Economic crisis

The US economy lost fewer jobs in November than in any other month since the recession began, according to the Labor Department. But overall economic conditions continue to worsen for the majority of the population, with wages falling and no return to normal job conditions in sight: here.

Last month Spain’s ex-Popular Party (PP) prime minister, José María Aznar, gave a lecture to the London School of Economics (LSE) outlining his proposed solutions for the economic crisis: here.

2 thoughts on “Economic crisis

  1. December 12th
    Los Angeles March for Jobs

    Jobs March!

    Endorse or Volunteer at Donate at

    100s of billions are being spent on imperialist wars and occupations in Afghanistan and Iraq, but as Martin Luther King pointed out, the bombs also fall on poor communities in the U.S in the form of deepening poverty. This is true across the country, but especially true in California – slammed by the twin crises of skyrocketing unemployment and a resulting state budget crisis that is prompting deep cuts in badly needed services. Students at UC campuses are fighting to reverse a whopping 32% increase in tuition, home foreclosures are still on the rise, and communities of homeless people are cropping up in rural areas and in cities across the state. The media keeps calling it recovery, but the jobs are just not coming back.

    The Bail Out the People Movement in Los Angeles is planning a wake-up call to the powers that be on December 12th at Pershing Square Park to say that we will not tolerate continued funding of wars and bailouts of billionaire bankers. The bankers are the ones responsible for this crisis!

    Congress and the White House can be weakened and bullied by powerful corporations, but a united movement of unionists, immigrants, students, – all working class people – can win the massive jobs program that is needed. We need your help!

    Join us in building a movement that demands Jobs or Income Now! – Not War! Join the March for Jobs on December 12th in Los Angeles. Meet downtown at Pershing Square Park at 12 noon, and march to Bank of America Plaza, at 333 Hope Street.

    Call (323) 306-6240 or email for more information or to volunteer to help build the Dec 12, 2009 action.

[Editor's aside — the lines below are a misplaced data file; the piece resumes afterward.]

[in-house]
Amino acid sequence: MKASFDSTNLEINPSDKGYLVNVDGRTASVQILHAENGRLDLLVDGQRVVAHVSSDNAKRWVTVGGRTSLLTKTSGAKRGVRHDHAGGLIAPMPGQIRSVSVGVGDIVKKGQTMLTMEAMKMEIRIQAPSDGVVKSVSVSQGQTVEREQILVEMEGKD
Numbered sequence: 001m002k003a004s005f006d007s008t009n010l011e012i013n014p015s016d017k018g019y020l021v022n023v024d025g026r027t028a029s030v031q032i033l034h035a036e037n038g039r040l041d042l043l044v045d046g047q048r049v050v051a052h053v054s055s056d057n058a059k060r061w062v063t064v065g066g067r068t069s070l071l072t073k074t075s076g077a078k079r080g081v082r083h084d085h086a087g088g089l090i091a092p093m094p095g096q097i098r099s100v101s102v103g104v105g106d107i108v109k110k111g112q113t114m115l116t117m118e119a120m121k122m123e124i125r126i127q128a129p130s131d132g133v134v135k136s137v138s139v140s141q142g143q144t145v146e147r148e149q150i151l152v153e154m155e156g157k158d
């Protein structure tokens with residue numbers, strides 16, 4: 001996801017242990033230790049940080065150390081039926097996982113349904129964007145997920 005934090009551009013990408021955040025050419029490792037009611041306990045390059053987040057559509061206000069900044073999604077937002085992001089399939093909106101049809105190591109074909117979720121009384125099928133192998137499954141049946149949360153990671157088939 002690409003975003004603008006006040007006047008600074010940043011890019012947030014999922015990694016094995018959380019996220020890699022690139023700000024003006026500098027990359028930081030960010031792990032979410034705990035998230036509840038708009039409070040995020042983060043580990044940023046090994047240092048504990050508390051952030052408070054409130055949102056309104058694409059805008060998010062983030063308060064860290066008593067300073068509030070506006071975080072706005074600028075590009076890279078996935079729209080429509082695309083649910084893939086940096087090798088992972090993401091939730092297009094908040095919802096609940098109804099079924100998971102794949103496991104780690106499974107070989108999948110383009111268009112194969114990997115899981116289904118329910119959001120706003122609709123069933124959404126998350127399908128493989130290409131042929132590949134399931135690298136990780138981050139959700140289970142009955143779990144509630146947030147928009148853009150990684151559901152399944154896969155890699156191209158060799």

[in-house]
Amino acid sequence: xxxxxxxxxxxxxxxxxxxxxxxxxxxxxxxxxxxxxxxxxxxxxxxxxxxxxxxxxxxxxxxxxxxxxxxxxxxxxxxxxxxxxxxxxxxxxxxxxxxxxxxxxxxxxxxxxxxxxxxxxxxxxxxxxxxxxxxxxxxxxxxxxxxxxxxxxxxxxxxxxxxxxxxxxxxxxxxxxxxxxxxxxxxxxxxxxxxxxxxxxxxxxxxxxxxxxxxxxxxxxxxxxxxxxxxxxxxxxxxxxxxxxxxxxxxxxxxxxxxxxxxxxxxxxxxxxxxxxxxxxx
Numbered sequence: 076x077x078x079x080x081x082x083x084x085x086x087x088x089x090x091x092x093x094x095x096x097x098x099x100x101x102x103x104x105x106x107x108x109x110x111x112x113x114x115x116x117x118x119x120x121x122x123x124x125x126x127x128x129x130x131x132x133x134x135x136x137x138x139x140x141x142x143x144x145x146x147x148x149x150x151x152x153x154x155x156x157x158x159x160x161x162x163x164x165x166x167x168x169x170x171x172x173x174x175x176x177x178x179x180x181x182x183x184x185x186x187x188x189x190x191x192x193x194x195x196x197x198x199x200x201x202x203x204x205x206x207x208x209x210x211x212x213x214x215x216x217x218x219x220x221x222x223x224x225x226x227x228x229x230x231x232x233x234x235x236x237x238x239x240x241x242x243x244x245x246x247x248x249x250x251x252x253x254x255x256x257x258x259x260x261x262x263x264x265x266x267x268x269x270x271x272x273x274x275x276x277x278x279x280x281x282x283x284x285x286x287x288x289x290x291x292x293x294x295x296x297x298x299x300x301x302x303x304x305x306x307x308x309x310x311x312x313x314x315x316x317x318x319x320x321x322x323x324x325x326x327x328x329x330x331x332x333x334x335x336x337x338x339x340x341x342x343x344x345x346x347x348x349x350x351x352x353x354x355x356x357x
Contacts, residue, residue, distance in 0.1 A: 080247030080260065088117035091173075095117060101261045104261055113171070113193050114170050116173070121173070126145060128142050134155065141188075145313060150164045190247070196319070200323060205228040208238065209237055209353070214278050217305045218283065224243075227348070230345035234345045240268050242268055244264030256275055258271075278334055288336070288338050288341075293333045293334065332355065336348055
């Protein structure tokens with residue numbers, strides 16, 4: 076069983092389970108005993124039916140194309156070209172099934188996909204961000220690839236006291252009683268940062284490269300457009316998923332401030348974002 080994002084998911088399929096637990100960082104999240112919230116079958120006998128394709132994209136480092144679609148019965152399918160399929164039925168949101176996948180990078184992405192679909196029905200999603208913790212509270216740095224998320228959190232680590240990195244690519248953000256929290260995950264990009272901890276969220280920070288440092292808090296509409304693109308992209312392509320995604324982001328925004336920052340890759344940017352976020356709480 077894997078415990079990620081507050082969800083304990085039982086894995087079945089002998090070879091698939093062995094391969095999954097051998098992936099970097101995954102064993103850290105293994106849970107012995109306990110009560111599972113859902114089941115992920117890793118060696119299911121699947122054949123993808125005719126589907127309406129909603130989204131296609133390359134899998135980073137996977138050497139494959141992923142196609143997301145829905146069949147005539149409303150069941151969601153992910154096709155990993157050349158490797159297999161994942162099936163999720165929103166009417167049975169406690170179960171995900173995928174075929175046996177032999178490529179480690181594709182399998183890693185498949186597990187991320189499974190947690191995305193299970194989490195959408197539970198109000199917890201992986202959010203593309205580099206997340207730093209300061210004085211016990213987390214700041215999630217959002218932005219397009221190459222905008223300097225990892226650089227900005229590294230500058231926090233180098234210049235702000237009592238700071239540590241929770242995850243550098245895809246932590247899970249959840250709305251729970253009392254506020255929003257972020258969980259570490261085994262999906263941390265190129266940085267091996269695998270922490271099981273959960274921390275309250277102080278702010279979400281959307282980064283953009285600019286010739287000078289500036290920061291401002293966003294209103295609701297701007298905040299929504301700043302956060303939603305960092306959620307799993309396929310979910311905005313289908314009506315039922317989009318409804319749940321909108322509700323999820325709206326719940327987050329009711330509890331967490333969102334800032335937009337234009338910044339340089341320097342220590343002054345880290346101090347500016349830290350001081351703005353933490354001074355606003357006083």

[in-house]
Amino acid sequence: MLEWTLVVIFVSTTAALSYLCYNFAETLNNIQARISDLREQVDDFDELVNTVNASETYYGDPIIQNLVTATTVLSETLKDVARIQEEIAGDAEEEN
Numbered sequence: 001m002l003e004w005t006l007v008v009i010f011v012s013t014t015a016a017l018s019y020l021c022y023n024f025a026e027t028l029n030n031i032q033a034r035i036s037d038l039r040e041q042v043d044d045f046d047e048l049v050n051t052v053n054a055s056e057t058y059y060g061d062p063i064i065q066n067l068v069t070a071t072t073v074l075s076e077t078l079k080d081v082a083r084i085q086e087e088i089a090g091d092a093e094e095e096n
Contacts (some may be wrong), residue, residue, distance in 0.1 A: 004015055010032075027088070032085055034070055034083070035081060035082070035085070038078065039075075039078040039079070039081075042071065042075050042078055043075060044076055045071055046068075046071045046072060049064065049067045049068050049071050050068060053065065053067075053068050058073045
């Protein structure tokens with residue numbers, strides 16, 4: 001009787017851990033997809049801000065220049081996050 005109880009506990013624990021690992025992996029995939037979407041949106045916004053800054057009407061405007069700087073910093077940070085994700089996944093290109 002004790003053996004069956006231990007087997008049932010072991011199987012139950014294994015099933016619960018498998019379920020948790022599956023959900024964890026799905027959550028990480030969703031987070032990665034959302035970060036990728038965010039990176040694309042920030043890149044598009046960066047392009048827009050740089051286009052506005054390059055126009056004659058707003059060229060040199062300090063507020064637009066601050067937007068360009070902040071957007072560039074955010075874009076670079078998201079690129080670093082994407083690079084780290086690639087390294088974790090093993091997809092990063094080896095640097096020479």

To endorse the Dec 12 action in Los Angeles or to volunteer to help organize:

    To endorse the call for a National Jobs Protest April 10, 2010:

    To donate: and click the donate button

    To find out about the April 10, 2010, Washington, D.C. National March for Jobs on the 75th Anniversary of the WPA, go to To be an early endorser of this important national demonstration, go to!

    for more information:
    Bail Out the People Movement

    Los Angeles Office:
    5274 W. Pico Blvd. Los Angeles Rm# 205
    (7 blocks West of La Brea)
    (323) 306-6240

    National Office:
    Solidarity Center
    55 W. 17th St. #5C
    New York, NY 10011


  2. >>>>>> Lenihan slashes public pay, social welfare, sets new taxes

    The Dublin government’s Finance Minister Brian Lenihan has this
    afternoon announced the harshest budget in the history of the 26 County
    state. He said the cuts and taxes announced today would “send a signal
    to the rest of the world that we are able and willing to put our house
    in order.”

    Mr Lenihan revealed that the fall in the 26 County state’s GDP of 7.5%
    this year was the largest since records began, and that GDP would
    continue to fall next year.

    In his third announcement of draconian cuts in little over a year, Mr
    Lenihan announced a billion euro in pay cuts for public service workers,
    ranging from 5 per cent for those on average pay to 15 per cent for the
    highest earners.

    Blaming the need for cutbacks on a “traumatic” recession, Lenihan made
    only passing reference to the government’s recently passed 54 billion
    euro bailout for bank shareholders and real estate speculators via the
    NAMA ‘bad bank’. He also made no mention of a plan to pump a further
    five billion euro into the nationalised Anglo Irish Bank.

    The cornerstone of the budget was the billion euro in cuts to the
    salaries of public service workers. He announced public sector pay
    cuts of 5% on first 30,000 euro salary, 7.5% on the following 40,000
    euro and 10% on the next 55,000 euro. Those earning up to 200,000 euro
    will face a 12% pay cut, and 15% off those earning in excess of that

    A ‘universal social contribution’ is to be introduced to combine social